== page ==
30 years ago, fans loved sports every bit as much as fans do now. They lived and died with every play, followed along as best they could and idolized their favorite players just as much as anyone does today. Only things were very different. Every game wasn’t on television. Newspapers could only print so much about one team and the internet wasn’t even a thought in anyone’s mind yet. No blogs, no NBA league pass, nothing. Just trips to the arena and contests on television. You knew there were plenty of other fans out there, but it wasn’t easy to connect with them.
That is what’s so fun about the year 2010. Anyone can hop online and find a whole bunch of other fans of their favorite team and engage in conversation about who’s coming in a trade or why so and so shouldn’t be playing 20 minutes a night. Vividly following a team has truly turned into being a part of a community.
And community is the exact word that fits the members of Andrew Bogut’s Squad Six.
Started last season and continued through the current one, Squad Six is a rowdy group of fans hand picked by Bogut and two other judges with the idea of bringing life into the Bradley Center on a nightly basis. Those that were selected, get a season ticket from Bogut with the expectation that they stand throughout the game, cheering, taunting the opposition and screaming until they’re hoarse.
When the Bucks made their trip to play the Pacers in Indiana last Friday, Squad Six decided to tag along.
The trip organizers, two year Squad members Chuck Schilling, Dan Hoelzl and Nick Honeck targeted the Indiana game for months. It was important that the game was within a reasonable distance, obviously, but there was extra incentive for making a trip to Indiana. Pacers center Roy Hibbert saw enough promise out of Bogut’s idea last season that he decided to do it himself. Indiana’s “Area 55” is a Hibbert funded fan section, designed to inject Conseco Fieldhouse with energy, the same way Squad Six has in Milwaukee.
The group rented a bus and watched Bucks games (along with a few classic comedy movies) on the way down to Conseco. Throughout the trip, the bus was filled with chants like a Milwaukee based take on Jim Carrey and Jeff Daniels Mockingbird song from Dumb and Dumber (the chant is still a work in progress). They passed around copies of the Pacers rosters, to prepare themselves for the night’s mockery. Squad Six never comes to a game unprepared. They spend time during the day of Bucks games e-mailing each other with suggestions and ideas through a Squad Six Google Group.
Some of their best work comes on the fly though. One of the chant leaders, Chad Steger, says they pass along messages to each other throughout the game. If someone has a good idea for a chant, it gets down to him and he quickly notifies the whole group. Their popular “Dude looks like a lady” chant at Joakim Noah last season formed this way.
Many people complain that the NBA isn’t as passionate as college, but the presence of competing fan sections in Indiana made the game seem like two rival high schools playing their annual game. Area 55 would chant at Squad Six, only to see the outsiders holding their hands to their ears in a defiant “we can’t hear you” manner. Not long into the game though, it was clear Squad Six was the veteran group, while Area 55 had yet to find their footing as a section.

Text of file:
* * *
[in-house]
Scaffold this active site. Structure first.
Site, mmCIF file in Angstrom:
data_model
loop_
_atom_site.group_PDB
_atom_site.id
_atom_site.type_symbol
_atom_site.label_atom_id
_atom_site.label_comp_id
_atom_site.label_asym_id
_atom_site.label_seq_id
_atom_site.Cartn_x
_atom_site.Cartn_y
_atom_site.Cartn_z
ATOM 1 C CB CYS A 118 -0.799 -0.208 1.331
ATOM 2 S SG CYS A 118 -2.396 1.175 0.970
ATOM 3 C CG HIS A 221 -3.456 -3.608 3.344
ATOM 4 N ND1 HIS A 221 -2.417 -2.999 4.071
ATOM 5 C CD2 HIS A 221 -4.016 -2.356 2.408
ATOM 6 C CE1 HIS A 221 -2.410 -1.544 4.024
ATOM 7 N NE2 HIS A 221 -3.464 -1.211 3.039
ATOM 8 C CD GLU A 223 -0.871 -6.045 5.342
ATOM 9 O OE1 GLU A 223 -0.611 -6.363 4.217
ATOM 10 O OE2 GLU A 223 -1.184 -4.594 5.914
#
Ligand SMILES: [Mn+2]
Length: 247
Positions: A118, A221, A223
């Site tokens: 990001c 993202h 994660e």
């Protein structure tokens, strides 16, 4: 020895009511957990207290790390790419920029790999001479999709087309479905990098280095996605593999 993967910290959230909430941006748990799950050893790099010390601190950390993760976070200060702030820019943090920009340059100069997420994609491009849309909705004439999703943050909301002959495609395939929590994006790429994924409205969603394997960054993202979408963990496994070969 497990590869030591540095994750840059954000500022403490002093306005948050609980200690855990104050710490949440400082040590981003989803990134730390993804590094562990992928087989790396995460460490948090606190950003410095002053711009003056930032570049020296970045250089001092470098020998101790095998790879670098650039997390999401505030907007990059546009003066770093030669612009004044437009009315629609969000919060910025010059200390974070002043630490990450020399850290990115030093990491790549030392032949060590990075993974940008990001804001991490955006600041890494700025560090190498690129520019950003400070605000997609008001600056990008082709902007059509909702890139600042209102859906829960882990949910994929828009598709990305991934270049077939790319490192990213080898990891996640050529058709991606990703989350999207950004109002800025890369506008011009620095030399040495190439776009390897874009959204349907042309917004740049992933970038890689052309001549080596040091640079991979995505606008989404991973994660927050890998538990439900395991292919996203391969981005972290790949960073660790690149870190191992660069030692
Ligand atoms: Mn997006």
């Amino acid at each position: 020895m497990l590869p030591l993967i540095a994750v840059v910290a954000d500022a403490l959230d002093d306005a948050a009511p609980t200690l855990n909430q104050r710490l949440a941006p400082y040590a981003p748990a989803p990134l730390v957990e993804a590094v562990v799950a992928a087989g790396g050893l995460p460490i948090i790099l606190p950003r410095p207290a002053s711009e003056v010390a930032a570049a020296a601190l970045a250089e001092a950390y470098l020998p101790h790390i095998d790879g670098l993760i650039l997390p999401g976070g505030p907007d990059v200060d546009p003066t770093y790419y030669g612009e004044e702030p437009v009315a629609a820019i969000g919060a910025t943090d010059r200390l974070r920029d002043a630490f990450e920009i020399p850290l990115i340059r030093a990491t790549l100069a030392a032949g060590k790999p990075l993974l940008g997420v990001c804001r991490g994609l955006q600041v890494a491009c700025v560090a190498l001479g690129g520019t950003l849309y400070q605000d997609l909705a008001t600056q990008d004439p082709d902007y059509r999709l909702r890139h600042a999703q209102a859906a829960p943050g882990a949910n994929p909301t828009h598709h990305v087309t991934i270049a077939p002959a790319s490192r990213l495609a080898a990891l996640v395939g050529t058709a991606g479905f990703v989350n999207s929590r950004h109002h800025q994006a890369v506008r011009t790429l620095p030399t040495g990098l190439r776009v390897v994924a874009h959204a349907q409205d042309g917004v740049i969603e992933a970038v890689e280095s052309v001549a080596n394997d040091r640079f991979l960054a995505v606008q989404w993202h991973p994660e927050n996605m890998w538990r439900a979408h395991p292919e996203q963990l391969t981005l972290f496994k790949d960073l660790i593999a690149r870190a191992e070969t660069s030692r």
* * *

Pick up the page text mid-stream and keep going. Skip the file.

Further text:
The chemistry among those that made the trip was evident. Many members of Squad Six knew each other previously through events organized by Hoelzl on the Real GM Bucks message board. Often, members of the group will gather for non-Bucks related activities, like poker games, Brewers games or just to watch basketball on League Pass. When the trip organizers were sorting things out, they received an outpouring of support from their Bucks fan community through outlets like Twitter, Facebook and message boards.
This kind of interaction is the internet at its finest. So often the internet is weighed down with negative comments and snark, but this group has made the most of their ability to connect with others through technology. Bogut’s contributions are obviously incredibly important, but this group has taken his initial idea to another level in terms of establishing real life relationships with each other.
The players have taken quite a liking to the group as well and Bogut even spent one night this past summer socializing with them at a local sports bar. The Bucks especially appreciated their support in the road game. None of the players were alerted before the game that their biggest fan would be coming on the road, but certainly noticed them once the game was underway. After the game both Jon Brockman and Brandon Jennings took their feelings of appreciation to Twitter. The trip was in part meant as a sign of appreciation towards Bogut, but unfortunately, he was not in the arena, thanks to a migraine that left him back at the hotel.
For those that were there, it was hard to miss Squad Six in Indiana. Some Pacers fans even stopped to take a picture with one especially outrageously dressed member. But their goal in Milwaukee isn’t to be seen.
“We’re not trying to stand out,” said trip organizer Schilling. “We’re just hardcore fans. We want to get the crowd pumped up, the team pumped up. It’s not about us, it’s about the team.”
Despite their efforts though, Squad Six has stood out in Milwaukee, and now, Indiana. For all the right reasons.
Jeremy Schmidt writes the Milwaukee Bucks blog Bucksketball.com. Follow him on Twitter. Then become a fan of Bucksketball on Facebook (to the right).